Shochu 焼酎


Sweet Potato (imo), wheat/barley(mugi), buckwheat(soba)


Kagoshima Prefecture, Japan


720ml, 900ml & 1800ml


Shochu is Japan's other indigenous alcoholic beverage, but unlike sake, shochu is distilled. It is also made from one of several raw materials. The alcoholic content is usually 25%, although sometimes it can be as high as 42% or more.

Like almost all such beverages throughout the world, shochu developed as it did as an expression of region, especially climate, cuisine and available raw materials. Perhaps the factor most affecting the development of shochu is the weather. The island of Kyushu and the western part of  the island of Honshu are significantly warmer than the rest of Japan.

Unlike many other beverages, shochu is made from one of several raw materials. These include sweet potato, and shochu made from these is called "imo-jochu." Other materials commonly used include from rice, soba (buckwheat), and barley. There is even one island where there a few places that make shochu from brown sugar. It can also be made from more obscure things like chestnuts and other grains.  

And, each of these raw materials gives a very, very distinct flavor and aroma profile to the final sake. These profiles run the gamut from smooth and light (rice) to peaty, earthy and strong (potato). Indeed, each of these raw materials lends a unique flavor in much the same way that the peat and barley of each region in Scotland determine the character of the final scotch whiskey.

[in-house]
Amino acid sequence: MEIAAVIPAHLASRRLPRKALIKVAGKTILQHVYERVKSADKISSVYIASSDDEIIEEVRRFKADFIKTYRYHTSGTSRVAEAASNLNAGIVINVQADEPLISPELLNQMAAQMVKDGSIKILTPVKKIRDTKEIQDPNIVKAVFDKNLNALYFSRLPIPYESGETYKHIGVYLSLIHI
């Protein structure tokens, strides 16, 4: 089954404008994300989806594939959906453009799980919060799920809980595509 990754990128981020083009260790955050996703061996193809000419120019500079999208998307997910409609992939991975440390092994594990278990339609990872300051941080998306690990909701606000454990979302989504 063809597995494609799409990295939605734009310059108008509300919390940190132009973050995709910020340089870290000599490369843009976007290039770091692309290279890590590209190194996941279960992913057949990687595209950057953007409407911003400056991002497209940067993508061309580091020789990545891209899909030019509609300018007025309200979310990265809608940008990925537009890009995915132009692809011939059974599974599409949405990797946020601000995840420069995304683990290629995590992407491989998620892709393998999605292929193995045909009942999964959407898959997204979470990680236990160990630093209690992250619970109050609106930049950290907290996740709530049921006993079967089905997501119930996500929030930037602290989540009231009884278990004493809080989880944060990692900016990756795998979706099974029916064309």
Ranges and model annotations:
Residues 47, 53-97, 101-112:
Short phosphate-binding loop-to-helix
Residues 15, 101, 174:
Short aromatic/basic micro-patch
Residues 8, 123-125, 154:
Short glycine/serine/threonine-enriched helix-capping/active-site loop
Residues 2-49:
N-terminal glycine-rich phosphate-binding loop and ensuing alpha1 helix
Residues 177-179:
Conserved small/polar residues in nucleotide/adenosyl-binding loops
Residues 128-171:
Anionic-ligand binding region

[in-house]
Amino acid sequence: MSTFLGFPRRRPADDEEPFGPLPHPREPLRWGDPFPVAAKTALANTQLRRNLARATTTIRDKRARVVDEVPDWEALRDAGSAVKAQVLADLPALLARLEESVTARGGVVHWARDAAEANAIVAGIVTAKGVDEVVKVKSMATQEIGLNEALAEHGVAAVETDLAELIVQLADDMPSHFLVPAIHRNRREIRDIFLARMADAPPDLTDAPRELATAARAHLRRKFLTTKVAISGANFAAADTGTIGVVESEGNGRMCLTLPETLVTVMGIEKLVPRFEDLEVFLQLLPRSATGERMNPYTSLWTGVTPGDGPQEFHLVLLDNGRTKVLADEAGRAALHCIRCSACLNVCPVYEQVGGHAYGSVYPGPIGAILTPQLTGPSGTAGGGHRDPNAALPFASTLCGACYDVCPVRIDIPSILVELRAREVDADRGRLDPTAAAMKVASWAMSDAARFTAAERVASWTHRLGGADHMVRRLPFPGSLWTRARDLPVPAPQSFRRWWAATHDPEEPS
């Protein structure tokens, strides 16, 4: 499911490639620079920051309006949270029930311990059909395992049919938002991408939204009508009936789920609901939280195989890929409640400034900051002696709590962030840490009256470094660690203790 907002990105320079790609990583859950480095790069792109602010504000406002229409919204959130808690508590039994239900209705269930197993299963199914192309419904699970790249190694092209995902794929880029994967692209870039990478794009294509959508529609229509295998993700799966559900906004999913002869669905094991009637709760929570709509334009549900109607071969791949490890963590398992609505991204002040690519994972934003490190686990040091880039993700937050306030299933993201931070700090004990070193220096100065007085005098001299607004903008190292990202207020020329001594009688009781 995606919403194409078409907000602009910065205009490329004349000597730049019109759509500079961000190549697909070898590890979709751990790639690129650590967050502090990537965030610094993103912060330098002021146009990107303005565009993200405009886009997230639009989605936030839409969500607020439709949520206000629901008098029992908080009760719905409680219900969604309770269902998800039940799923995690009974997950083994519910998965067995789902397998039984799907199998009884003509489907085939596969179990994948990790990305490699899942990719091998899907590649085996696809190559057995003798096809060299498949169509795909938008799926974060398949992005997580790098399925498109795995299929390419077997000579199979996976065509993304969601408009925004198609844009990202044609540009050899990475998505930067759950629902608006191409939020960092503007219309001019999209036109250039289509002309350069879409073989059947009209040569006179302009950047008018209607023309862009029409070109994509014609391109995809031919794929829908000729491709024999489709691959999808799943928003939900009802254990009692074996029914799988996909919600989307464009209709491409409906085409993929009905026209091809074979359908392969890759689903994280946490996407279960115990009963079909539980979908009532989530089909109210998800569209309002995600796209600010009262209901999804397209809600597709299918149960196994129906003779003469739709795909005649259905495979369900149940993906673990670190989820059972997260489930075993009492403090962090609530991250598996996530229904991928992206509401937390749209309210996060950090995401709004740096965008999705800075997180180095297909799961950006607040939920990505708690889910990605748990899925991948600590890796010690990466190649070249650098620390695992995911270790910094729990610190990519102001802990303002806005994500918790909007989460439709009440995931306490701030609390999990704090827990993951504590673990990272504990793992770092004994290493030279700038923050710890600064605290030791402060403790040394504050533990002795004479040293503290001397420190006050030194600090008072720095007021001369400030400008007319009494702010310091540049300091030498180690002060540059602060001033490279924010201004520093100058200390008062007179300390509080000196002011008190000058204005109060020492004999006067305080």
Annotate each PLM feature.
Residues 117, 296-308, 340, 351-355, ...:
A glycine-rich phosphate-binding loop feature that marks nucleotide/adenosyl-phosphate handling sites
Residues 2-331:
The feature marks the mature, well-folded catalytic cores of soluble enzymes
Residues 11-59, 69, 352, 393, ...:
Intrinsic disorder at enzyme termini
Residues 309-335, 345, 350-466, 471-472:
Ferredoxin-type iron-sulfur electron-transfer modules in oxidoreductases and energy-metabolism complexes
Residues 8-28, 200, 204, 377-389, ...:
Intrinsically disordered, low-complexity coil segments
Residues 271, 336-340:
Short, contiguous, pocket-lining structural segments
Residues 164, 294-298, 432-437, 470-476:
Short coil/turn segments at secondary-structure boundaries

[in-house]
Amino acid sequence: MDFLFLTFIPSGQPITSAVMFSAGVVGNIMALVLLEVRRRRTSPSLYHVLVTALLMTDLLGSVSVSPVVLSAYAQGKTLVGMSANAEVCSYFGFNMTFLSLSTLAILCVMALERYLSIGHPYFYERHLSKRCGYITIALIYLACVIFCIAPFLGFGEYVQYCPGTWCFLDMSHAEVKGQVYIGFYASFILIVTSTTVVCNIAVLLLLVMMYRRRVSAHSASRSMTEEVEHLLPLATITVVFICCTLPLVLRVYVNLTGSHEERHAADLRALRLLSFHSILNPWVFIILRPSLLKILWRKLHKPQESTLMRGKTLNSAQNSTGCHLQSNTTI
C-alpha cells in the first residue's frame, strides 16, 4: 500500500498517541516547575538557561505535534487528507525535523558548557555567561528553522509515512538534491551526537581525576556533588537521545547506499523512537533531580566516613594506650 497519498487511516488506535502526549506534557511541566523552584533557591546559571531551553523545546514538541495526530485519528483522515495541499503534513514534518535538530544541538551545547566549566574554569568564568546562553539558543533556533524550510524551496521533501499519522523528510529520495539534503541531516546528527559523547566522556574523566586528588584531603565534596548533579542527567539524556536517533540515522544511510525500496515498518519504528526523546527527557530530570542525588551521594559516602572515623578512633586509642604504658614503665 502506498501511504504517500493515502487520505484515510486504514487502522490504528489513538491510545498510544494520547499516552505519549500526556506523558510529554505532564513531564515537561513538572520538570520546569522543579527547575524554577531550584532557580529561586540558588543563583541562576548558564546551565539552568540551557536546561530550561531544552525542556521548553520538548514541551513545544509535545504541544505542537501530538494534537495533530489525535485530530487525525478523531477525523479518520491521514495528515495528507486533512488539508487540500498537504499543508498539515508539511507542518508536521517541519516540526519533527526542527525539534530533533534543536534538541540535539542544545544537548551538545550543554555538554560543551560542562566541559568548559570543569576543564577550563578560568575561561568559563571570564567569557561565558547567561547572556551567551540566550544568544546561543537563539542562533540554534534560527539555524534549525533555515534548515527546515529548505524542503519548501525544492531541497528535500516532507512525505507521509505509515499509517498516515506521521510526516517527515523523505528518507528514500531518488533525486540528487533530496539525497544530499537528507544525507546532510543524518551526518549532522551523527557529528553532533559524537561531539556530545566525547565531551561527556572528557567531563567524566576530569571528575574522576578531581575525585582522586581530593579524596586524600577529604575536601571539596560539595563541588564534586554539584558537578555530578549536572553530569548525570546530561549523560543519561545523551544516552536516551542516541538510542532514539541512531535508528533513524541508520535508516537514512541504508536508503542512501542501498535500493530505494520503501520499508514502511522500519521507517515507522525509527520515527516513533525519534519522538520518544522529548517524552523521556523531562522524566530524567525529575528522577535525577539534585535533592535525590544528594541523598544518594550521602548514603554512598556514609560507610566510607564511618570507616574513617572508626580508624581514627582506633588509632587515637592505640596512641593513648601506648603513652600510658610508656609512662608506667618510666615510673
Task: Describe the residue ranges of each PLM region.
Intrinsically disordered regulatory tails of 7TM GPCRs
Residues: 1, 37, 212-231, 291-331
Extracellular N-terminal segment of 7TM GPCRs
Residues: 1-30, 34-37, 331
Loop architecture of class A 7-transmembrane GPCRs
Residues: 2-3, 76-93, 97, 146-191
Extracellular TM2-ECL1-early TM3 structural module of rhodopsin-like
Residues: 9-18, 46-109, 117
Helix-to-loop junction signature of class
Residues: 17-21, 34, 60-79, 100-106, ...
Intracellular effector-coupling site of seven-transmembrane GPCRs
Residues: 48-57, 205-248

Perhaps the most interesting - and illustrious - of all shochu are those made from the sweet potatoes of Kagoshima Prefecture: imo-jochu. While the flavors can be heavier and more earthy than shochu made from other starches, Kagoshima imo-jochu offers complexity and fullness of flavor that makes it quite enjoyable to many a connoisseur.

Honkaku "the real thing" shochu is usually enjoyed straight, on the rocks, or with a splash of water. Another way to enjoy either type of shochu is known as "oyu-wari," which is simply mixing it with a bit of hot water. This both backs the alcohol off a bit, releases flavor and aroma, and warms the body to the very core. Unbeatable in winter, for sure. From experience, I can guarantee it will warm you from the core outward.

Shochu overall is enjoying massive popularity these days in Japan. Over the last couple of years, both beer and sake consumption have continued to drop, where as shochu has actually increased. 

While shochu has its roots in either China or Korea, probably having come across during trading, the traditional home of shochu in Japan is Kagoshima, on the island of Kyushu. In fact, the first usage of the term shochu appeared in graffiti written by a carpenter dated 1559 in a shrine in the city of Oguchi in Kagoshima.

Kagoshima is rightfully proud of their shochu heritage. It is the only prefecture in Japan that brews absolutely no sake, but only produces shochu. If you ask for sake down there, expect and enjoy the local sweet-potato distillate